Saturday, June 16, 2012


Chelmsford Theatre Workshop at The Old Court

My most recent Scottish play was the Polish production at Shakespeare’s Globe, with its grubby gangland setting and its ageing drag queen Weird Sisters.

So Lynn Foster’s Matrix-tainted version for Chelmsford Theatre Workshop seemed very traditional by contrast.

Certainly, it was clear, fast-paced and intelligent, with strong performances in the key roles. And a taut, dramatic ending, with perilously close-up swordplay. Well worth a look, even if you’re not into actors striding around in long leather coats.

Elsewhere, despite the costumes and some atmospheric light and sound, this was a straightforward telling of the tale – easy to follow, hard to stay uninvolved. The couple at the heart of the intrigue were Jim Crozier and his real-life wife, Beth. Jim’s approach was thoughtful, intelligent and spoken with forceful intensity. Given the intimate nature of the staging, a little more light and shade, a little less declamatory power would have helped us empathise – and this is also true of others in the cast.
Beth was a determined dissembler – the "if we should fail" sequence particularly gripping.

I liked Jesse Powis’s infirm dignity as Duncan, and Bart Lambert’s beautifully judged Malcolm. He seemed to me uniquely able to get inside the character, with a combination of technique and natural presence, and displayed an enviable ability to make the verse work for him. The "my poor country" dialogue near the end, with Dean Hempstead's Macduff, was very moving.

Two of the thanes were women – not an easy leap to make, despite the clever justification in the programme note. But both Vikki Pead as Ross and Karen Pemberton as Banquo gave excellent performances, heartfelt and heroic. Pead's scene with Lennox [Danny Segeth] was especially electric.

The boldest concept was to make the "secret, black and midnight hags" glamorous gamers, plotting the fate of kings on their touch-tablets. Weird sisters indeed.


Mick Foster said...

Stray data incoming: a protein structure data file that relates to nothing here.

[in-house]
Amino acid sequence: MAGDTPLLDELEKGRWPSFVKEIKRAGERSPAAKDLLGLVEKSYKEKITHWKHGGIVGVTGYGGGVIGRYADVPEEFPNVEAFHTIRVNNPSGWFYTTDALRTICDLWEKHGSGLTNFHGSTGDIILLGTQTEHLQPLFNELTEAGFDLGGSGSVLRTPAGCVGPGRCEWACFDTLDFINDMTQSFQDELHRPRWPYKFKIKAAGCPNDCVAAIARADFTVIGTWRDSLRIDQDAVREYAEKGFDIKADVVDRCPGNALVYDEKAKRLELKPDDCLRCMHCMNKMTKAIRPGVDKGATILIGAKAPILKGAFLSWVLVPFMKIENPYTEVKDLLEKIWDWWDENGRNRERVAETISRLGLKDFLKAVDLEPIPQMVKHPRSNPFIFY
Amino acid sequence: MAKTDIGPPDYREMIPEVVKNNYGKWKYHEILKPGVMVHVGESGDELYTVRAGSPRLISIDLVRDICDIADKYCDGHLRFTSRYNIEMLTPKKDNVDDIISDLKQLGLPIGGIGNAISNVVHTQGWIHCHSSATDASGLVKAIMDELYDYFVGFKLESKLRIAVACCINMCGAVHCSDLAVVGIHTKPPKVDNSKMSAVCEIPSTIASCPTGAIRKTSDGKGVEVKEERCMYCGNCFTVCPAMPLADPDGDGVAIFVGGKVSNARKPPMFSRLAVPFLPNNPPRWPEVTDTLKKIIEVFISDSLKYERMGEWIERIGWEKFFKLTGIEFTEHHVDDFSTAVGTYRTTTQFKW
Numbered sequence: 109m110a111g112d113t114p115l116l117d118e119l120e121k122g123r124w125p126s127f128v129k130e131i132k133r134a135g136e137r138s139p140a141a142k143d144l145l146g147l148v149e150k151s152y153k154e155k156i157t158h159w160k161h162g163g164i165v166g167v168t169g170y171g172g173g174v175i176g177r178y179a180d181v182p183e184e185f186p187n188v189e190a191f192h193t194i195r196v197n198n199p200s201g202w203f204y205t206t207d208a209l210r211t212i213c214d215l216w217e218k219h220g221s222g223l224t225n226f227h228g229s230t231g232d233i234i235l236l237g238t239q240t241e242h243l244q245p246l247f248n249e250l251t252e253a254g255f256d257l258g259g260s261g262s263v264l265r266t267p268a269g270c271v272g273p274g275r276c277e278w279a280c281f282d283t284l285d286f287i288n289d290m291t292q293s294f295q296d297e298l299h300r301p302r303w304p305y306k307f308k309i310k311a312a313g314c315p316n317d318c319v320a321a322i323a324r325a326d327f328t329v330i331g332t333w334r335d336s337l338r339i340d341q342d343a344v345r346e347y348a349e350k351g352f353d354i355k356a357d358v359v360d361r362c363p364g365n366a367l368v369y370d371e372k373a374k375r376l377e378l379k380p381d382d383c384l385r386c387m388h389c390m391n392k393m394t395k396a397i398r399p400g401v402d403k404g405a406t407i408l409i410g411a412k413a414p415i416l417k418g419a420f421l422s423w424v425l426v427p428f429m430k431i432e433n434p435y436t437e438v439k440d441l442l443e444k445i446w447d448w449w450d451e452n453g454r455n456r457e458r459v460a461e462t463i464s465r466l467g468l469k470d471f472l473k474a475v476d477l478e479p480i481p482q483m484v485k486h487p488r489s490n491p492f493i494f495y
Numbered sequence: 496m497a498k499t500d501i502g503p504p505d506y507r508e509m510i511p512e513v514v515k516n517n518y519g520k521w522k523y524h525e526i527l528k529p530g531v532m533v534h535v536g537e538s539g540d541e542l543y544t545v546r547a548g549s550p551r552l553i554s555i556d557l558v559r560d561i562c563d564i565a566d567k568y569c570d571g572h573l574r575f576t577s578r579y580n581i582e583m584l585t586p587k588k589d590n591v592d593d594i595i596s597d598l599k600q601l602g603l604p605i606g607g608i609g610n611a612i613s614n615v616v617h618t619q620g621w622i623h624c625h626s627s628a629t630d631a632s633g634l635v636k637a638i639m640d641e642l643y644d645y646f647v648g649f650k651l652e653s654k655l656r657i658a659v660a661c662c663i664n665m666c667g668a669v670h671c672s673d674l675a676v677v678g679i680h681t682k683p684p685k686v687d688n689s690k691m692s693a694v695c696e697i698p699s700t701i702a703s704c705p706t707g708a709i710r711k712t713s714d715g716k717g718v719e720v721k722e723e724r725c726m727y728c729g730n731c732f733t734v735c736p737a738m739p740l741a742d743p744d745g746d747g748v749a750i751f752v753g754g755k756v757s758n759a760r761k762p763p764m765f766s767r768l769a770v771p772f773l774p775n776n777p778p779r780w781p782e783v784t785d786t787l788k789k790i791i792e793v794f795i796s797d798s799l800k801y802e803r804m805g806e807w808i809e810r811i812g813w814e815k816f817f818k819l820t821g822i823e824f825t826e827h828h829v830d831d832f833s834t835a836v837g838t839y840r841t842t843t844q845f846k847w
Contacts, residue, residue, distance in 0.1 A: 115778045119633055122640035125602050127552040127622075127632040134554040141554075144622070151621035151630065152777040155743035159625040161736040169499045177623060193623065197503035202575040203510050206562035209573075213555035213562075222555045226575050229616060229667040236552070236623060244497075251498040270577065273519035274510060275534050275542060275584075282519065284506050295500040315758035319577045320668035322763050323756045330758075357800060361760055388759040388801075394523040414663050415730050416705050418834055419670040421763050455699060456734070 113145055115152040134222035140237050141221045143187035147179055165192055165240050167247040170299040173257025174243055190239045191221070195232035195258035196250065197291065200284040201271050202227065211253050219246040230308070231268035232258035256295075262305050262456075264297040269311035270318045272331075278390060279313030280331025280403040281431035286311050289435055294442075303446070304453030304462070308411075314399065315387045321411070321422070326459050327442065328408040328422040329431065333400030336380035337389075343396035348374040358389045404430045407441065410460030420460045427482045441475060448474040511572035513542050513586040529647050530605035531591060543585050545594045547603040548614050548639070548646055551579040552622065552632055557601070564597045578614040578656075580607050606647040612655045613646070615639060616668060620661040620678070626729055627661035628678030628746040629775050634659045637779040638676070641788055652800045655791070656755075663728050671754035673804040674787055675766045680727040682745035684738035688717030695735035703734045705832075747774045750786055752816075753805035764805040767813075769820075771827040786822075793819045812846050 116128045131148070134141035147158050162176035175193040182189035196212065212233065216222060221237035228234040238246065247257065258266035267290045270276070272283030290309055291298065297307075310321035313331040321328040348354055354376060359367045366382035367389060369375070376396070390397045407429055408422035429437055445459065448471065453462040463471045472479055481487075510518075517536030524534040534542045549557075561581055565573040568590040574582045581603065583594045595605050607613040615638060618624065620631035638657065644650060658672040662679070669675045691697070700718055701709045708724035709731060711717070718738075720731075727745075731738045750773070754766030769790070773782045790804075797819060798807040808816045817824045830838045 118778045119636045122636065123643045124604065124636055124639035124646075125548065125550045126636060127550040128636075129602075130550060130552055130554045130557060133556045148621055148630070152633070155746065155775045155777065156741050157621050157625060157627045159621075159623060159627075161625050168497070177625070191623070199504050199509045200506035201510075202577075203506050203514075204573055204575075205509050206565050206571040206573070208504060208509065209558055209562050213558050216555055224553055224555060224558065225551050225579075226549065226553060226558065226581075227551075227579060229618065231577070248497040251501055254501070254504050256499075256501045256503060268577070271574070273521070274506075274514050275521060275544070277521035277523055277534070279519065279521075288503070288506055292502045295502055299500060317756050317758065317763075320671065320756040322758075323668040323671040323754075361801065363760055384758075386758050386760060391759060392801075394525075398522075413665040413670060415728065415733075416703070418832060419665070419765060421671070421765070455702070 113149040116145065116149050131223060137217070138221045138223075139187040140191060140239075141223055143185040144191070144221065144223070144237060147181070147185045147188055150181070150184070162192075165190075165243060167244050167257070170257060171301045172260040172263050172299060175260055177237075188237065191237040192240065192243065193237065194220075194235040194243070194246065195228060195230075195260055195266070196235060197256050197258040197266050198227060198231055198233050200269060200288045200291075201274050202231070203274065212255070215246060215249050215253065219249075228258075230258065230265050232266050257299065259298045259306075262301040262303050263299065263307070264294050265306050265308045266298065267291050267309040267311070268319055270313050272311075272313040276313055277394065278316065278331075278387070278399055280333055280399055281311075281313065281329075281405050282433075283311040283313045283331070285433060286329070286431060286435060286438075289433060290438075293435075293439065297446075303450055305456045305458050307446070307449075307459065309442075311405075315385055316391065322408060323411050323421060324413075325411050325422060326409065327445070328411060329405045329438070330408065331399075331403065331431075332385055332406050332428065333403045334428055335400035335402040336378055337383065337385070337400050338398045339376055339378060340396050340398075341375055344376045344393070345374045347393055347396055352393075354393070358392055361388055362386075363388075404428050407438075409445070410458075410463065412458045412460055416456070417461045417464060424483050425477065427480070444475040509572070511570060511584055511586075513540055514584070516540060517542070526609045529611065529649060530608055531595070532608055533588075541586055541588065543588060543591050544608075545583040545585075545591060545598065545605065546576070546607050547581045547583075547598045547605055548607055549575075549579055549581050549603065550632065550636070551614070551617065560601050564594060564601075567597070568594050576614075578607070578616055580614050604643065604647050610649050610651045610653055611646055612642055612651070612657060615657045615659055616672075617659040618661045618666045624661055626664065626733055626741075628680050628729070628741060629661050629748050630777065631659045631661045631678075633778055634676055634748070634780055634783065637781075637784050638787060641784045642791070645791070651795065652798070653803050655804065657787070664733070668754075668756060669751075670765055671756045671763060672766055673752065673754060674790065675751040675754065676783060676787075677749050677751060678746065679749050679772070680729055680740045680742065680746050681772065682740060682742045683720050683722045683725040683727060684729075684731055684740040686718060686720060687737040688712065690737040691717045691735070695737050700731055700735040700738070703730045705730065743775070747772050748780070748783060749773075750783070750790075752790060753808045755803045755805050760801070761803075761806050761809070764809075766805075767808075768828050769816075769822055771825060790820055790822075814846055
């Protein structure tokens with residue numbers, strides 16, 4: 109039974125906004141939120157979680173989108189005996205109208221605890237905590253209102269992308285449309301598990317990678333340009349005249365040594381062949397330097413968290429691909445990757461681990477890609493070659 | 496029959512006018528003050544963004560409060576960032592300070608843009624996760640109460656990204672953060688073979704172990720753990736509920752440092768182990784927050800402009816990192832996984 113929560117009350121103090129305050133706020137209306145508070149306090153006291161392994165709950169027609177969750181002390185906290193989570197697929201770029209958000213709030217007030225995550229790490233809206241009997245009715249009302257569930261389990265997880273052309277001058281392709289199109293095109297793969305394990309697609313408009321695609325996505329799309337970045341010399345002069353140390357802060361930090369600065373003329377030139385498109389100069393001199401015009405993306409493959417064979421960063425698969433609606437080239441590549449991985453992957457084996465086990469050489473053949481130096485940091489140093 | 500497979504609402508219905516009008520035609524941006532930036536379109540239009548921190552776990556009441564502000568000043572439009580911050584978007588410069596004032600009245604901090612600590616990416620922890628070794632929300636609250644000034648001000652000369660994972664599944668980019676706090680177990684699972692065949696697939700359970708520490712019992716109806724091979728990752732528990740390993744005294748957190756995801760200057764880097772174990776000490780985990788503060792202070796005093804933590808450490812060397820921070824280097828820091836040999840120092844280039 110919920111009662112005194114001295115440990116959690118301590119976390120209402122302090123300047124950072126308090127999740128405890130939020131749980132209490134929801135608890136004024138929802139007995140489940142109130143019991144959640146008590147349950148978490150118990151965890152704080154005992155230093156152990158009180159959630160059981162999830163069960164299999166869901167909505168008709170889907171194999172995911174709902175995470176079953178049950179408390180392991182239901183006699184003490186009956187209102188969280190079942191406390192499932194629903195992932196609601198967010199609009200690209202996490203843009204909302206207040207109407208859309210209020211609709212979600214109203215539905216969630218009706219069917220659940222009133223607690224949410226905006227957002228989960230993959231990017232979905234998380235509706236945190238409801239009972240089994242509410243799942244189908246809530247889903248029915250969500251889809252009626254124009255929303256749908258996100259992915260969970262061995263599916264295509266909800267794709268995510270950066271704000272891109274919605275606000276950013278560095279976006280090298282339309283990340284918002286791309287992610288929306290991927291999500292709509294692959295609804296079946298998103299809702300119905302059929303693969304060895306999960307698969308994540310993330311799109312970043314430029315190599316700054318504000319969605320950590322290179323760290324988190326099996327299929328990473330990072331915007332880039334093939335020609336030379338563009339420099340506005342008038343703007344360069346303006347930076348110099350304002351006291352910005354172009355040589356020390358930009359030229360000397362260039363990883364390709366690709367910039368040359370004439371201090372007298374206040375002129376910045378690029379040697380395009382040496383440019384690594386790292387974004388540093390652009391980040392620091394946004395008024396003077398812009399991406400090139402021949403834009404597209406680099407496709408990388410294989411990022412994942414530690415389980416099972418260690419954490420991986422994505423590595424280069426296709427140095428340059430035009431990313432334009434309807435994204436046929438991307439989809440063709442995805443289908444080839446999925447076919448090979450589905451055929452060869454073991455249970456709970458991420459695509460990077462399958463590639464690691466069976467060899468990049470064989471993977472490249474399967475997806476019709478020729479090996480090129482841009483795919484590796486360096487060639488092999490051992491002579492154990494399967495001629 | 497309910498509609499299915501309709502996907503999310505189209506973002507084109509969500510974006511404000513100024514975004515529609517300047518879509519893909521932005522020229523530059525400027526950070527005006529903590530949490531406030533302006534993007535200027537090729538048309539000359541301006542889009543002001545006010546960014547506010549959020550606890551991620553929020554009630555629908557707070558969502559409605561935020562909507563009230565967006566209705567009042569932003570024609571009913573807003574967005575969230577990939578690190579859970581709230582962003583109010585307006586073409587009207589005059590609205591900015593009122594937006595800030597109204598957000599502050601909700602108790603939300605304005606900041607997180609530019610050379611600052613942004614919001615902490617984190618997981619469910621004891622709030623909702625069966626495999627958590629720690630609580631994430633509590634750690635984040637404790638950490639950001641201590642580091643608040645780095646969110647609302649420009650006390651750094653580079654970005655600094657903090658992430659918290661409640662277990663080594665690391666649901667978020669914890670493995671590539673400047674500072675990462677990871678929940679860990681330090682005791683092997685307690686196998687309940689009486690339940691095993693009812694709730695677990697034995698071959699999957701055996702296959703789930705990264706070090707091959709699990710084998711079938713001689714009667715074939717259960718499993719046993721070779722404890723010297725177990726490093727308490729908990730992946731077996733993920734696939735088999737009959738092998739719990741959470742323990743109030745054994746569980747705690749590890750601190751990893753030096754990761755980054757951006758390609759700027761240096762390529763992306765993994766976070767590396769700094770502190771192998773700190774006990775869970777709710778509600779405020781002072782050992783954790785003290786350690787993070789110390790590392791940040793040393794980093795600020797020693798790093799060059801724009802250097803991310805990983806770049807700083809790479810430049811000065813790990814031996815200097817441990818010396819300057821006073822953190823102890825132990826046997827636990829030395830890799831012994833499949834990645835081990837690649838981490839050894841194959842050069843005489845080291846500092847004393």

Thanks for the positive things in the review, but three stars seems a little harsh for a production described as 'clear fast paced and intelligent with strong performances in the key roles', with a taut dramatic ending etc. The only negative seems to be some unexplained objection to leather coats, and to our oblique allusions to the matrix. How often is amateur Shakespeare done this well, and doesn't it deserve at least 4 stars for being more ambitious in intention and concept, and largely succeeding in executing an original take on the play that (most audiences felt) works? Directors shouldn't argue with reviewers,and you do say go and see it, so thanks for that, but I suppose we think that, whether you love or loathe the concept, we have produced something special whereas three stars says to me a show that is run of the mill -which this one definitely isn't. Come and see it and judge for yourselves, we are on until Saturday 23rd. Mick Foster, Asst Director

Michael Gray said...

Always delighted to get comments, Mick.
And I have noticed that directors have joined fond parents and loyal partners in putting in their two-pennorth. And very welcome, too.
My full review will appear on Thursday. My star system is just an informal way of indicating how much I liked a production. Not to reflect the views of audiences or anyone else - though anyone can click on stars to add their own rating.

Jim C said...

Maybe I'm missing something here, but I don't actually see where these stars are. All I see is 0 ratings at the end of the post. Is my browser editing something out that should be there?

Michael Gray said...

You should have boxes to tick to say to what extent you agree with the review, and two sets of stars - the cumulative, and one you can click on to "vote".
But let's not get too hung up about star ratings - the play's the thing ...

Jim C said...

Absolutely - and thanks for a considered and informative review.

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